The Flying Colours Maths Blog: Latest posts

Review: Beating the Odds, by Rob Eastaway and John Haigh

I believe the version of this book I borrowed from the library may not be the most recent edition; it has been published under at least three different titles. As far as it goes, Beating the Odds: The Hidden Mathematics of Sport is great. It's a terrific starting point for

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TMTOWTDI: Subtraction

"There's more than one way to do it." - Perl programming motto One of my few regrets about writing maths books is that I usually only get to show one way of doing things - and that gives the impression that I believe Method X is absolutely, no questions, the

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Maths: You’ve got it all wrong

A guest post, today, from someone who's almost as angry as the Mathematical Ninja. Bletchley Park's Education Officer Tom Briggs is mad as hell, and he's not going to take it any more. I'm not a maths teacher any more1 but I still find myself having those same old conversations...

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Two trains and a fly

There's a classic maths puzzle that goes something like this: Two trains start 20 miles apart, and travel towards each other at 10 miles per hour. Just as they start, a fly takes off from the front of one train, flies at 15mph directly to the other, turns around, flies

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Sorting a list on the fly

I was writing a sort of revision sheet the other day, and I'd written the questions in a sensible order, but wanted to shuffle them randomly so that students wouldn't know what's coming next. This is not the kind of thing Microsoft Word was built for. I decided to start

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Billy Beane: Lives of the Mathematical Ninja

Unusually for a Mathematical Ninja, Billy Beane isn't a mathematician. Nor is he dead. He's a baseball manager. Now, I don't know one end of a baseball stick from another, so this will be strewn with errors: one thing I do know, thought, is that if I was a baseball

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The Mathematical Pirate’s guide to the Chain Rule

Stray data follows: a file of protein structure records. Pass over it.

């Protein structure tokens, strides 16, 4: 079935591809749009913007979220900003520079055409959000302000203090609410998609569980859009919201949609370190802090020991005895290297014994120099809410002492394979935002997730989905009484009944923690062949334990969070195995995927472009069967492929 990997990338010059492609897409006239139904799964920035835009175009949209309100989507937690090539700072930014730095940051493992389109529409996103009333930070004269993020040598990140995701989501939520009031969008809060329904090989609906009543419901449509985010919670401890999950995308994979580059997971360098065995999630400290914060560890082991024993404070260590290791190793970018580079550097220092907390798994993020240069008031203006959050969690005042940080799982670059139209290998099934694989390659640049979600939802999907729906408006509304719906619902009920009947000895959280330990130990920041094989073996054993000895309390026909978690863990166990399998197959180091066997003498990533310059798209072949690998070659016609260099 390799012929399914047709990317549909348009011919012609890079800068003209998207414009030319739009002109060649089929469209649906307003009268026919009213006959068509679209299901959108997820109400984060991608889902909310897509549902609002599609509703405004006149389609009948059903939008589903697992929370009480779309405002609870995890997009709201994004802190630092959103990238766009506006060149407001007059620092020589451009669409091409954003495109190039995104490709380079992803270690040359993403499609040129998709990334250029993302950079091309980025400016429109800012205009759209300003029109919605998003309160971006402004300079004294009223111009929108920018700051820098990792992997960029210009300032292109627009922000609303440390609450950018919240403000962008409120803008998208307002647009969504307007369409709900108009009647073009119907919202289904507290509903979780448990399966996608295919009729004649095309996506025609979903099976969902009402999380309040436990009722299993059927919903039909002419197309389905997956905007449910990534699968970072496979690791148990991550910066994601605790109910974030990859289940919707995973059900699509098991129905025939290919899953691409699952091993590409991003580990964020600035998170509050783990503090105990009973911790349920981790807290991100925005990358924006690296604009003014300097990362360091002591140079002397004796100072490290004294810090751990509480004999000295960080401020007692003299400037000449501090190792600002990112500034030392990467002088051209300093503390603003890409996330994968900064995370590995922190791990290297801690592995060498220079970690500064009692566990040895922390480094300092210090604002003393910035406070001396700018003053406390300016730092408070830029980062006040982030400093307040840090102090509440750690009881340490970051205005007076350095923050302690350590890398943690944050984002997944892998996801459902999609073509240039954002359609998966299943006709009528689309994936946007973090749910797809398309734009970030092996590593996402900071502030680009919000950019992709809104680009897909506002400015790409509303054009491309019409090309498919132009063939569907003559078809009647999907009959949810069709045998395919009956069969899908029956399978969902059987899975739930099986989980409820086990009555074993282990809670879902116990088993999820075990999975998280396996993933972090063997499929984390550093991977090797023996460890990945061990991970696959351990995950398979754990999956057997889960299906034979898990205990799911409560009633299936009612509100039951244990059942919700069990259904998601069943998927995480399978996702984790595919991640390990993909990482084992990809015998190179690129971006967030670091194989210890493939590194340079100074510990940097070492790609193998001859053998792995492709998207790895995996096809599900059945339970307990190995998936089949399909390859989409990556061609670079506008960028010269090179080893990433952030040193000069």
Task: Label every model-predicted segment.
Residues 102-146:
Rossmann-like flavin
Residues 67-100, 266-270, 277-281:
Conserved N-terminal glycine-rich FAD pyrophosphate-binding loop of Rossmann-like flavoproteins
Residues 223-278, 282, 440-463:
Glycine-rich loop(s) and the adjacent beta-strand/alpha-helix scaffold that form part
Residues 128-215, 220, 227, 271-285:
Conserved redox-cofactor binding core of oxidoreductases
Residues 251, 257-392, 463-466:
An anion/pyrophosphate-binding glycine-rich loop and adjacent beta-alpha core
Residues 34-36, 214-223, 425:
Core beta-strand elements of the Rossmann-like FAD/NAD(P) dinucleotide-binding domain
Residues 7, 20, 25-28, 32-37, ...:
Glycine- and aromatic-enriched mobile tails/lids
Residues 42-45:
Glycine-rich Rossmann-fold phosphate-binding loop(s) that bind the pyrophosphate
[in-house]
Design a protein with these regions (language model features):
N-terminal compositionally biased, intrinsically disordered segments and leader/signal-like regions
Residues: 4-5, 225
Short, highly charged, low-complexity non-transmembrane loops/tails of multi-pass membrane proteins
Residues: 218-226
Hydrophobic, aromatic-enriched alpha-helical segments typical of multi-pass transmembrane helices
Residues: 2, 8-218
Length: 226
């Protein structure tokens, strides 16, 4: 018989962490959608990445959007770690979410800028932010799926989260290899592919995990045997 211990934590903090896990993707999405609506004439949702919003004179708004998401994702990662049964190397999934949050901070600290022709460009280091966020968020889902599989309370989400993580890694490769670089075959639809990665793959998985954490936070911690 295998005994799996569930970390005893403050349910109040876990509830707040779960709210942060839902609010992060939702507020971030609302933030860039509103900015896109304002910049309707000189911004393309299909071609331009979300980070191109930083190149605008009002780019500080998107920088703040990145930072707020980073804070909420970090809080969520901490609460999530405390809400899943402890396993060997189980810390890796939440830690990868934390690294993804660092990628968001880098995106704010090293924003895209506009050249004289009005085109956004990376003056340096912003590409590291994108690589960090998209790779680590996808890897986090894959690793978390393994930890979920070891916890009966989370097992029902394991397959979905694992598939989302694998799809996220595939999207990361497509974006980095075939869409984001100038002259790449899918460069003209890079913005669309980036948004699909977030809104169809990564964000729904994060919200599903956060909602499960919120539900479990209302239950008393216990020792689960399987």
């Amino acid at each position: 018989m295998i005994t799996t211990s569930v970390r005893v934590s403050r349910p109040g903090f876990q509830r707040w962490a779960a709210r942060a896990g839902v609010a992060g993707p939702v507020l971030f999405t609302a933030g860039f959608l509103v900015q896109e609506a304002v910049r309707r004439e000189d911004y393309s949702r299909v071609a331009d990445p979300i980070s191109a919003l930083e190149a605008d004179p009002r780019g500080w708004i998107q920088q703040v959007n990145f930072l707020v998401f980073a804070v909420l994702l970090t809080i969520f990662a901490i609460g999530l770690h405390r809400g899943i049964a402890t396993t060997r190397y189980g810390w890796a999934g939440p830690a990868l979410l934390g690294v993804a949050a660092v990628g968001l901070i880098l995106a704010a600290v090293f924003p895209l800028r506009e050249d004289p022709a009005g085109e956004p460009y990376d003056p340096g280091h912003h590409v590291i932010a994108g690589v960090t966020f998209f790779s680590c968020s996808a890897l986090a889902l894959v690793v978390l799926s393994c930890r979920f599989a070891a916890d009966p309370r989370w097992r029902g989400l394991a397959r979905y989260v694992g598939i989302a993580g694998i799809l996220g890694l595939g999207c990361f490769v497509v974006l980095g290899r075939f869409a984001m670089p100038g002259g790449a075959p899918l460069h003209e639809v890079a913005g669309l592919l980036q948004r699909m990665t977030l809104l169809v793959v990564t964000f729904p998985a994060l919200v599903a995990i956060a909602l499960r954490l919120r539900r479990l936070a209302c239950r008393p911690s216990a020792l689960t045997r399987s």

"Yarr!" said the Mathematical Pirate, chopping his way through the piles of papers strewn around the classroom. The student looked unimpressed. "How do you differentiate $y = \sec^2(3x)$?" she asked. The Mathematical Ninja would have discerned that she'd just read the question without trying to solve it, but the Mathematical

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Is mathematics discovered or invented?

This is one of my least-favourite questions about maths. It's a question on the level of "Is Mo Farah the world's greatest athlete ever?" - to some people, the answer is clearly yes, and to others, just as clearly no (Bubka? Beamon? Lewis? Gebrselassie1 ?) and there's no real way

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Wrong, But Useful: Episode 6

The end of August is upon us... is it really Episode 6 already? Apparently so. This month, @reflectivemaths (Dave Gale) and I talk about... My talk in Edinburgh and the Maths Inspiration people Abuse of pie charts: East Lancs and the TES have things mixed up, and graphs you don't

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Why I Can See My Car works

A few weeks ago, the Mathematical Ninja revealed that he integrated trigonometric functions using a cheap mnemonic. As reader Joshua Zucker pointed out, this was most unlike the Mathematical Ninja. Had he been kidnapped? Surely not; no Ninja would ever be taken alive. Had the Mathematical Pirate infiltrated? Had someone

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